stage where I could write this thesis. I must thank the office staff
Pushpendra sharma ,Rahul Sharma and khemaram for their kind
support Throughout my tenure at CURAJ.

List of Figures
List of Figures
Chapter 1

“Imagination is more important than knowledge”
Albert Einstein

Light can be described as an electromagnetic wave which is
obtained by the same theoretical principles of electromagnetic
radiation, such as X-Rays and Radio Waves. This phenomenon of
light is called electromagnetic wave optics. Electromagnetic
radiation propagates in the form of two mutually coupled wave
vector as an electric-field wave and a magnetic-field wave. When
light waves propagate around an through objects whose
dimensions are much greater than the wavelength of the light, the
wave nature of light is not readily viewed.

Light is referred by a scalar function, which is called the wave
function, that known as the wave equation which obeys a second-
order differential equation. We know that the wave function
represents any of the components of the magnetic or electric

The Wave Equation
Light travels in the form of waves. Light In free space, travel with
speed C0. A homogeneous transparent medium such as glass is
characterized by a constant, for which refractive index is n (; 1).

In a medium of refractive index n, light waves propagates with a
reduced speed
C= ? –

an optical wave is given by a function of position r =(x, y, z) and
time t, denoted u =(r, t) and known as the wave function. This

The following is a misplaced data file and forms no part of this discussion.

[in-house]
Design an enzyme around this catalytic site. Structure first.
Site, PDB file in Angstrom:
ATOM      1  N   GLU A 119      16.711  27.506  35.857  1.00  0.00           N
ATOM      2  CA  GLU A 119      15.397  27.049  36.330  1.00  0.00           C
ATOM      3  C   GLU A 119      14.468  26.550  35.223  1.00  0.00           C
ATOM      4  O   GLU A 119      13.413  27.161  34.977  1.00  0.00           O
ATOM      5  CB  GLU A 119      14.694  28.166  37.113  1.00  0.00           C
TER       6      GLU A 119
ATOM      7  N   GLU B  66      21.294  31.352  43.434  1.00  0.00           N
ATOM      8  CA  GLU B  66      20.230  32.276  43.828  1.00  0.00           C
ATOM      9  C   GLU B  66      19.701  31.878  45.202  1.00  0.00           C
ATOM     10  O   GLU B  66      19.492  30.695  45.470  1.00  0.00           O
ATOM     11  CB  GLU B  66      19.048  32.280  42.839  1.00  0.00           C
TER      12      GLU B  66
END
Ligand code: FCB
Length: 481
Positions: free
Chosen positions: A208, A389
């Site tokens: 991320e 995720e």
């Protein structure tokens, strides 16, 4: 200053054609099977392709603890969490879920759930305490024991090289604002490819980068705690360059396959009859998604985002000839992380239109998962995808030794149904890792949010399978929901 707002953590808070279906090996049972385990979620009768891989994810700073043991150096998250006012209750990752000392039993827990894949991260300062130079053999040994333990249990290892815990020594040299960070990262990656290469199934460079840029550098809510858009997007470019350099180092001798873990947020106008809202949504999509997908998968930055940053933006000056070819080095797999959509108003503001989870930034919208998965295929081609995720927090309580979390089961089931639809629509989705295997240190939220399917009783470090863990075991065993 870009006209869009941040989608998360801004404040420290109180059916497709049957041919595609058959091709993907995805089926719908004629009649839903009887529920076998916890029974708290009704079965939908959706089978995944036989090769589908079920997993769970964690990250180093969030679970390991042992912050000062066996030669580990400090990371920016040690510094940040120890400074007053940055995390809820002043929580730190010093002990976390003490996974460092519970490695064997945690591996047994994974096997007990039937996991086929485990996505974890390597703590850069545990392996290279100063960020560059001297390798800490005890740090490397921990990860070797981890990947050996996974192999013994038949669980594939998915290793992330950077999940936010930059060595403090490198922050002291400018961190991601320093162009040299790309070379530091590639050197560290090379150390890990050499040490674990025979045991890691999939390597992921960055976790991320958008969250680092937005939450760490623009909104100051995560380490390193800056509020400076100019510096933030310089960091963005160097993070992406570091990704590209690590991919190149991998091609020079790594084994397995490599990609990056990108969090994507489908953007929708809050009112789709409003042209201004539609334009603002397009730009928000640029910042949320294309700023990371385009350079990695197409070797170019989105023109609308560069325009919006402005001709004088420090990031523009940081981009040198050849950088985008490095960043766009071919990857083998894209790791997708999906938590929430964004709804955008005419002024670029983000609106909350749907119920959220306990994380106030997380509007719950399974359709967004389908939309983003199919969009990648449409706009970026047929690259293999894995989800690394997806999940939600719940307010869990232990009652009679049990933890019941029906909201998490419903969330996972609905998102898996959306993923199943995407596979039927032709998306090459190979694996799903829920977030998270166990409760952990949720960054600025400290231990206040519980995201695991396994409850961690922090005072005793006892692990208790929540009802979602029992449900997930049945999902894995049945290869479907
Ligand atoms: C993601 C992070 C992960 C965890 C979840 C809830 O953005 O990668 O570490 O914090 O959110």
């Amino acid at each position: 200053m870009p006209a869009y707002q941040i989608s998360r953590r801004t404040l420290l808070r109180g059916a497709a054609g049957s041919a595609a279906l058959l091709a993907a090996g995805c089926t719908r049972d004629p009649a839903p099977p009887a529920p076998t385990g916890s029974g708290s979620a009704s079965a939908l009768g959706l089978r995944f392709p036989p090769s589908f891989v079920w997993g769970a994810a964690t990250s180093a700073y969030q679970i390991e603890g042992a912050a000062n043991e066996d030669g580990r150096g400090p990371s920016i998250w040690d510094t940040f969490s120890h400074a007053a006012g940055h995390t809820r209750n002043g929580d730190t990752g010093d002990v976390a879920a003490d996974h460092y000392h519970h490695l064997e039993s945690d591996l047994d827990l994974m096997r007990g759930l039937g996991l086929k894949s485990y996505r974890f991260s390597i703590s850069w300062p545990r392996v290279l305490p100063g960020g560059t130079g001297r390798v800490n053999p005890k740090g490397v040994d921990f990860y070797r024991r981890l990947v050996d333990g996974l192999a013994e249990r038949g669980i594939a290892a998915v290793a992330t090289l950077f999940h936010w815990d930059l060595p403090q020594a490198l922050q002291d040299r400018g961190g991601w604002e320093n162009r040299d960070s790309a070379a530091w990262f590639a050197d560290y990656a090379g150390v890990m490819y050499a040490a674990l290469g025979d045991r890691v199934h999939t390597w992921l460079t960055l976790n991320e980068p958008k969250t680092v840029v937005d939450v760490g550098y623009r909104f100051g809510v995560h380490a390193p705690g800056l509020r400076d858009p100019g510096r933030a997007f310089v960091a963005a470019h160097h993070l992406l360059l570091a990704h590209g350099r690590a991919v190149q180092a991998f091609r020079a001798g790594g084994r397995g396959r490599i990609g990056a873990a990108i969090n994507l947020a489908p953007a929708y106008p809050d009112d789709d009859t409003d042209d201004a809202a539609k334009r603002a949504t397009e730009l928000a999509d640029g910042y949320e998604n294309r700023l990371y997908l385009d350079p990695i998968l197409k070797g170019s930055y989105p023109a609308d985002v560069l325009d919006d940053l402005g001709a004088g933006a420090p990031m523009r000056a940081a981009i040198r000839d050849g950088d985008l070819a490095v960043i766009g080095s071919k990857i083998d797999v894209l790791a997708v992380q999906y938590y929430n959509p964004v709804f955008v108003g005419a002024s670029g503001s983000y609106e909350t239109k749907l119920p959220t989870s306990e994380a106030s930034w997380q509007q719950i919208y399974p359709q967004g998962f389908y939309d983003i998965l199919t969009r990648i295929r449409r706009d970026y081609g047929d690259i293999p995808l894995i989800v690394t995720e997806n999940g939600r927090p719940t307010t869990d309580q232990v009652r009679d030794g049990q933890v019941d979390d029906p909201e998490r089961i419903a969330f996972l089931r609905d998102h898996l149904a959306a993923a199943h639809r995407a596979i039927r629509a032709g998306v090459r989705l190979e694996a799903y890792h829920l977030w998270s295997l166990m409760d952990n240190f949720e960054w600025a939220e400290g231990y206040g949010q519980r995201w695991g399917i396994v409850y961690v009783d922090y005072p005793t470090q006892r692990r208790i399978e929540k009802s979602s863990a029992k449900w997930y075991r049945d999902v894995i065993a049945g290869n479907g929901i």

satisfies a partial differential equation called the wave equation,

2 1 ?2 ? (1.1)
? u- ? 2 ?? 2

Where ?2 is the Laplacian operator.

Intensity, Power, and Energy
The optical intensity I = (r, t), defined as the optical power per unit
area (units of watts / cm2 ), The optical intensity is proportional to
the average of the squared wave function:

I(r ,t)=2 Optical Intensity

The optical power P (t) ,(unit of power is watt) is flowing into an
area A, it is normal to the direction of propagation of light is the
integrated intensity

P(t) = ?A I(r ,t) ?A

The optical energy (units of energy -joules) collected in a given
time interval is the integral of the optical power over the time

Monochromatic waves are radiation of a single wavelength or of a
very small range of wavelengths. A monochromatic wave is
described by a wave function with harmonic time dependence,
this wave function is-

U (r, t) = a(r). cos 2?vt+?(r) (1.2)

a(r) =amplitude

?(r) = phase

v =frequency (cycles/s or Hz)

w = 2?v =angular frequency (radians / sec )

T =l/v = 2? / W =period (s).

Complex wave function: